US6540615Jul 3, 2002Apr 1, 2003Nintendo Co., Ltd.Portable game machine having image capture, manipulation and incorporation
US6663491 *Feb 16, 2001Dec 16, 2003Namco Ltd.Game apparatus, storage medium and computer program that adjust tempo of sound
US6677967Feb 21, 2001Jan 13, 2004Nintendo Co., Ltd.Video game system for capturing images and applying the captured images to animated game play characters
US7367887Jul 7, 2003May 6, 2008Namco Bandai Games Inc.Game apparatus, storage medium, and computer program that adjust level of game difficulty
US7528890Apr 30, 2004May 5, 2009Yoostar Entertainment Group, Inc.Interactive system and method for video compositing
US7646434Jun 11, 2009Jan 12, 2010Yoostar Entertainment Group, Inc.Video compositing systems for providing interactive entertainment
US7649571Jun 11, 2009Jan 19, 2010Yoostar Entertainment Group, Inc.Methods for interactive video compositing
US8439733Jun 16, 2008May 14, 2013Harmonix Music Systems, Inc.Systems and methods for reinstating a player within a rhythm-action game
US8444464Sep 30, 2011May 21, 2013Harmonix Music Systems, Inc.Prompting a player of a dance game
US8444486Oct 20, 2009May 21, 2013Harmonix Music Systems, Inc.Systems and methods for indicating input actions in a rhythm-action game
US8449360May 29, 2009May 28, 2013Harmonix Music Systems, Inc.Displaying song lyrics and vocal cues
US8465366May 29, 2009Jun 18, 2013Harmonix Music Systems, Inc.Biasing a musical performance input to a part
US8550908Mar 16, 2011Oct 8, 2013Harmonix Music Systems, Inc.Simulating musical instruments
US8562403Jun 10, 2011Oct 22, 2013Harmonix Music Systems, Inc.Prompting a player of a dance game
US8568234Mar 16, 2011Oct 29, 2013Harmonix Music Systems, Inc.Simulating musical instruments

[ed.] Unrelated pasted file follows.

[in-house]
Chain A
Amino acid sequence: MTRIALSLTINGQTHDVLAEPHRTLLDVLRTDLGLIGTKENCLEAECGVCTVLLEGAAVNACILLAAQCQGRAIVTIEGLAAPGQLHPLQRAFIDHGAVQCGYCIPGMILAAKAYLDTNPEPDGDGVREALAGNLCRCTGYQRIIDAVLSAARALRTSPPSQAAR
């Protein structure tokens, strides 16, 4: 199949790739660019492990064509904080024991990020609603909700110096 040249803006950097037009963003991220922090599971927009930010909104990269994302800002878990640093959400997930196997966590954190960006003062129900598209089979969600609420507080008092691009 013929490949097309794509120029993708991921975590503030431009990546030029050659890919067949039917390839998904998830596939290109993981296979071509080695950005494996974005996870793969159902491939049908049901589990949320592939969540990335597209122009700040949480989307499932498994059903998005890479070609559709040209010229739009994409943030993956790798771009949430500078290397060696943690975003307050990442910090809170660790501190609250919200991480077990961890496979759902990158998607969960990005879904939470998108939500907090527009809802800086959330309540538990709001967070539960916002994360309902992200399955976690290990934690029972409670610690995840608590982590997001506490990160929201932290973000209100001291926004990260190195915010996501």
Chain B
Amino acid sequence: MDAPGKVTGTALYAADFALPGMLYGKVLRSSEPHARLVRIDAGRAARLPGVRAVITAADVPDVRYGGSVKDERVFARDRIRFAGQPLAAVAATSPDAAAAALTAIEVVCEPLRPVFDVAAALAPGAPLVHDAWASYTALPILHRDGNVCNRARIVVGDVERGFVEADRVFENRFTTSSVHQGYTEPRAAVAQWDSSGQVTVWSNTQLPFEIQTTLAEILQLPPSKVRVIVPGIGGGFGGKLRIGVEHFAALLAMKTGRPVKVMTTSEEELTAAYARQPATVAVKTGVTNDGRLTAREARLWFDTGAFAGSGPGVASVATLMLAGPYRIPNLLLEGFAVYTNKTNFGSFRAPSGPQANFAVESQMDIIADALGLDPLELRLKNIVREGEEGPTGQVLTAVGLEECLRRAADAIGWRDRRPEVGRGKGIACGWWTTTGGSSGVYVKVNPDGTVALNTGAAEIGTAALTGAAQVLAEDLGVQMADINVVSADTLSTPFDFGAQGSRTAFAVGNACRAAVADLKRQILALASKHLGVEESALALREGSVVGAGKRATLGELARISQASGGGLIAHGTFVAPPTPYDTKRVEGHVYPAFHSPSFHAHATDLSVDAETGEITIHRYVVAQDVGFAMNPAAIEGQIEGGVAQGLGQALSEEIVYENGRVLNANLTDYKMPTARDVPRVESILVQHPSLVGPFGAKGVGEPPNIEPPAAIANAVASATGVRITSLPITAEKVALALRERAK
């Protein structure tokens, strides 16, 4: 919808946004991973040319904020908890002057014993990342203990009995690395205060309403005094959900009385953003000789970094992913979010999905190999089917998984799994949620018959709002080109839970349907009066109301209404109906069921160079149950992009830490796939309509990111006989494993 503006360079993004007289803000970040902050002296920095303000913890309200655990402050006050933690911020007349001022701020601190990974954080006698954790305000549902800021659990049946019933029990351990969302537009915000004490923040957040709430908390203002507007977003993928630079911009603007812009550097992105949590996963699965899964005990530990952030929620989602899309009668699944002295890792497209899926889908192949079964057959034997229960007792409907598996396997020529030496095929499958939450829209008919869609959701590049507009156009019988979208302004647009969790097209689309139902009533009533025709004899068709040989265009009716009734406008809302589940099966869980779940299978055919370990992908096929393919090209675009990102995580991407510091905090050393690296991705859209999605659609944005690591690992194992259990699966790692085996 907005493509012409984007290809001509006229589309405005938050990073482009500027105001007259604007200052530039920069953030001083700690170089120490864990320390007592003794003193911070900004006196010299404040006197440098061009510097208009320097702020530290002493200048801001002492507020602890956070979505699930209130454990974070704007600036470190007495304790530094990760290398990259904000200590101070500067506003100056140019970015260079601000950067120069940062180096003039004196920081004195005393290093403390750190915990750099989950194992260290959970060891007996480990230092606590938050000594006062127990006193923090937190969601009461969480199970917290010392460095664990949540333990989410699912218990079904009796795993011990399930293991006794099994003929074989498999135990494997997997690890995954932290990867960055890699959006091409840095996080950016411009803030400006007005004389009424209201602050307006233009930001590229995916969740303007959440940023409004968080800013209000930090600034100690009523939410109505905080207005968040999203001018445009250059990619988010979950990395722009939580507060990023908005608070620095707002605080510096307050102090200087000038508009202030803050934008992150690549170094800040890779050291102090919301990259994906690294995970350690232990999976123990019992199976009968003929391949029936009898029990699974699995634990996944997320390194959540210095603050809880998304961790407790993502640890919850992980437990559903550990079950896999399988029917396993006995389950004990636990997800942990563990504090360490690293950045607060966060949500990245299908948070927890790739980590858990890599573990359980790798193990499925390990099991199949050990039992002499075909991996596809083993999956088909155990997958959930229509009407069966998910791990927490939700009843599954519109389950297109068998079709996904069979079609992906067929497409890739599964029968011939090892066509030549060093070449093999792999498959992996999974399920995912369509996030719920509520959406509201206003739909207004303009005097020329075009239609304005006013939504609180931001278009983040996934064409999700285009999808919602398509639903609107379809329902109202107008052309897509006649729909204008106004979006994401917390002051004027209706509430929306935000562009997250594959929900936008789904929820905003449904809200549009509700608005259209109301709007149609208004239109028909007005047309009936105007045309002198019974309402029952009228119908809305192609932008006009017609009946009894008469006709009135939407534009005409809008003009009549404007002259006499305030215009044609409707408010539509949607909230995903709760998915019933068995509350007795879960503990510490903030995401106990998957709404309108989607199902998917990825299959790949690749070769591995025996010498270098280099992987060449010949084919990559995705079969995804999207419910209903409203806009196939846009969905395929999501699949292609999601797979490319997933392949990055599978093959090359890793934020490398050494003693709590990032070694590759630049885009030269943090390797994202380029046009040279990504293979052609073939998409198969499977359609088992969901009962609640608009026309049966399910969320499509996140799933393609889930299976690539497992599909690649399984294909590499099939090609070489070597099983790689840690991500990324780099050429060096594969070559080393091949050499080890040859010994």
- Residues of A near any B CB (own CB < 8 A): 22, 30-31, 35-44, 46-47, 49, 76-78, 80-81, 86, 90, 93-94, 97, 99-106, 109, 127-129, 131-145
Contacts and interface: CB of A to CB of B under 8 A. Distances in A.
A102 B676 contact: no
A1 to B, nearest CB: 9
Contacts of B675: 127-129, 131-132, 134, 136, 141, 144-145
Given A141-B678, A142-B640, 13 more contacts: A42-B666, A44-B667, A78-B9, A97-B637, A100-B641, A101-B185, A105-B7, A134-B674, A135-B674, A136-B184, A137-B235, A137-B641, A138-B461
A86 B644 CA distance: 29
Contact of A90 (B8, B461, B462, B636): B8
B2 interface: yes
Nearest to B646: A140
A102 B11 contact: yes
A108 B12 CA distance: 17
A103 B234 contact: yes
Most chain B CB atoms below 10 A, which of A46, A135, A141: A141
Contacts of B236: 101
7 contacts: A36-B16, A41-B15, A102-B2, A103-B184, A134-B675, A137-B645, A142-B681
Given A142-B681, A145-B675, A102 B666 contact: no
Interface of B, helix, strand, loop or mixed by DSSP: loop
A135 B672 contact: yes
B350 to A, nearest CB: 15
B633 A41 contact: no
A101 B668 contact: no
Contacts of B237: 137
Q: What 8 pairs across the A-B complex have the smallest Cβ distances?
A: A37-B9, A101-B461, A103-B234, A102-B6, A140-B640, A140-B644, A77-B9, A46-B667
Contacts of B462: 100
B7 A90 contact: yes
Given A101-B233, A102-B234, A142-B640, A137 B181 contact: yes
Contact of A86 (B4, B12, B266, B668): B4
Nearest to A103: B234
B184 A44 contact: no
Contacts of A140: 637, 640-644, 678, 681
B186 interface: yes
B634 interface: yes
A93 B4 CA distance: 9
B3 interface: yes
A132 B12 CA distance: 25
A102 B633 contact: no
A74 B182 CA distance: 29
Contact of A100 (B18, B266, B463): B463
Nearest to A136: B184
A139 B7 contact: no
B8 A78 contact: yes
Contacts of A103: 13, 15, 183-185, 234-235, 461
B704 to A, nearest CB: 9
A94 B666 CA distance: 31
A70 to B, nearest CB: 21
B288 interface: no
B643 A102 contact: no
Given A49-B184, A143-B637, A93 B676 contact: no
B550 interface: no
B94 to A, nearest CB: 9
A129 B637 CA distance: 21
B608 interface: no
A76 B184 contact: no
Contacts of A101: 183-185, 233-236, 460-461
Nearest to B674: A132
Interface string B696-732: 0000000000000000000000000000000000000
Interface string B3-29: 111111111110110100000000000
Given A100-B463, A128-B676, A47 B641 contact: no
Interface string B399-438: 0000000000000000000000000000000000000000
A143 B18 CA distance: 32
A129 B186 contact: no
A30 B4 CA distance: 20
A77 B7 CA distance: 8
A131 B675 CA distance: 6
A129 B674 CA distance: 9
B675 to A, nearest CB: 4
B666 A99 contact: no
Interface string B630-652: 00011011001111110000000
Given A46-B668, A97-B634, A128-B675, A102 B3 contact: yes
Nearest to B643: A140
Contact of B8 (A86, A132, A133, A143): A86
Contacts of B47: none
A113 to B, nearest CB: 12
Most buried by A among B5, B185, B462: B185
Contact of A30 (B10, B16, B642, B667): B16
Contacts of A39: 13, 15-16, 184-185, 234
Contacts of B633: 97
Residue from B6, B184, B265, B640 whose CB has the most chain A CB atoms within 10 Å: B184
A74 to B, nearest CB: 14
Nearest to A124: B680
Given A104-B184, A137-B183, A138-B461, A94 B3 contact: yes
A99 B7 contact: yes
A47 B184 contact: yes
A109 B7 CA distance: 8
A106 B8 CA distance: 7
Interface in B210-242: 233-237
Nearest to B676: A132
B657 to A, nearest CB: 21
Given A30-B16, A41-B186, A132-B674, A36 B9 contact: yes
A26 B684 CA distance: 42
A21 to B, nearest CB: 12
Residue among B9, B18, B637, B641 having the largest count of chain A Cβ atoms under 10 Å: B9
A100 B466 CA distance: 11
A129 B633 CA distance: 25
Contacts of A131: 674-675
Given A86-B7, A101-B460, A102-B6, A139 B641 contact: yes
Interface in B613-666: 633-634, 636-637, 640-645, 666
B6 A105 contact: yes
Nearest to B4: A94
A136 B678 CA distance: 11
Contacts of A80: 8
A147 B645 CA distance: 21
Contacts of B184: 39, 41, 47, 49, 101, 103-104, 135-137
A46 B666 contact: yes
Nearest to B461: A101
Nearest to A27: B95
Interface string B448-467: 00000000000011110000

US8678895Jun 16, 2008Mar 25, 2014Harmonix Music Systems, Inc.Systems and methods for online band matching in a rhythm action game
US8678896Sep 14, 2009Mar 25, 2014Harmonix Music Systems, Inc.Systems and methods for asynchronous band interaction in a rhythm action game
US8686269Oct 31, 2008Apr 1, 2014Harmonix Music Systems, Inc.Providing realistic interaction to a player of a music-based video game
US8690670Jun 16, 2008Apr 8, 2014Harmonix Music Systems, Inc.Systems and methods for simulating a rock band experience
US8702485Nov 5, 2010Apr 22, 2014Harmonix Music Systems, Inc.Dance game and tutorial
US8768099 *Jun 8, 2005Jul 1, 2014Thomson LicensingMethod, apparatus and system for alternate image/video insertion
US20100278450 *Jun 8, 2005Nov 4, 2010Mike Arthur DerrenbergerMethod, Apparatus And System For Alternate Image/Video Insertion
US20120206577 *Apr 20, 2011Aug 16, 2012Guckenberger Elizabeth TSystem, method, and computer software code for mimic training
Classifications
U.S. Classification472/61, 358/906
International ClassificationG09B5/02, G09F19/18, H04N5/262, A47F11/06, A63J5/02
Cooperative ClassificationA47F11/06, G09F19/18, Y10S358/906, A63J5/021
European ClassificationA47F11/06, G09F19/18, A63J5/02C
Legal Events
DateCodeEventDescription
Apr 14, 2009FPAYFee payment
Year of fee payment: 12
Mar 27, 2006PRDPPatent reinstated due to the acceptance of a late maintenance fee
Effective date: 20060330
Dec 27, 2005FPExpired due to failure to pay maintenance fee
Effective date: 20051028
Dec 20, 2005FPAYFee payment
Year of fee payment: 8
Dec 20, 2005SULPSurcharge for late payment
Oct 28, 2005REINReinstatement after maintenance fee payment confirmed
Nov 22, 2000FPAYFee payment
Year of fee payment: 4
Mar 10, 1998ASAssignment
Owner name: WEINREICH, STEVE, NEW JERSEY
Free format text: ASSIGNMENT OF ASSIGNORS INTEREST;ASSIGNOR:INVENTURES, INC.;REEL/FRAME:009027/0655
Effective date: 19980107
Oct 20, 1993ASAssignment
Owner name: INVENTURES, INC., NEW JERSEY
Free format text: ASSIGNMENT OF ASSIGNORS INTEREST;ASSIGNOR:WEINREICH, STEPHEN;REEL/FRAME:006769/0030
Effective date: 19931011